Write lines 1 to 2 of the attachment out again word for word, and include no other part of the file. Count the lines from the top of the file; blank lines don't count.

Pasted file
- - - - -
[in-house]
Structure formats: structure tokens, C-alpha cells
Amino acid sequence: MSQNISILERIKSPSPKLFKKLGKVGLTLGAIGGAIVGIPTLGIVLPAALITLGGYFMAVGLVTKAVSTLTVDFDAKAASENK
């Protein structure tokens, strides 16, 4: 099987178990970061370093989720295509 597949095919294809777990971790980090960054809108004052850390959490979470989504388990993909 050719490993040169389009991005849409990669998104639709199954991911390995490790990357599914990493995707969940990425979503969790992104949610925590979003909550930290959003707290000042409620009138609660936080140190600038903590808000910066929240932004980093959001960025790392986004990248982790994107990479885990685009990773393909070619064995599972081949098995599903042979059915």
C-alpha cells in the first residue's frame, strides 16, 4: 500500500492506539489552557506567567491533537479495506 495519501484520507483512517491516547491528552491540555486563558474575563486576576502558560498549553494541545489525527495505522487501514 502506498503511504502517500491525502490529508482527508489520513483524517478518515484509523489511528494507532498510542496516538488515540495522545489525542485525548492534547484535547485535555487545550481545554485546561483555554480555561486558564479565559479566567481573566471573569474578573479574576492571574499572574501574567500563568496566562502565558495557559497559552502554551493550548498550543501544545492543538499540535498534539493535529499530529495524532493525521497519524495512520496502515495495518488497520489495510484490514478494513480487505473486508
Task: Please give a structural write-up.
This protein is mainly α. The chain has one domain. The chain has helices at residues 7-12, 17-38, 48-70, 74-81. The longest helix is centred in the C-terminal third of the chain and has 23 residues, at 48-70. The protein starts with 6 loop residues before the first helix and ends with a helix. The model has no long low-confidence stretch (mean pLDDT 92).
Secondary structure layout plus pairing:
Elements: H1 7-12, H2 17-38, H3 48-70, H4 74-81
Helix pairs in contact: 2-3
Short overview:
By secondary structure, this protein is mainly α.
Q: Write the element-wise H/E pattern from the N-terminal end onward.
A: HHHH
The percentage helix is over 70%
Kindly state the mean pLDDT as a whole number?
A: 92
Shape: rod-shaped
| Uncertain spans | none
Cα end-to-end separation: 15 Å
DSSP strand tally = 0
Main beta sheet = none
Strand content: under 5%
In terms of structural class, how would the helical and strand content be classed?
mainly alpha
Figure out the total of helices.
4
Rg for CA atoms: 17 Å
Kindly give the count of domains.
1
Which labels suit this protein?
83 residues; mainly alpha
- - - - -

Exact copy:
[in-house]
Structure formats: structure tokens, C-alpha cells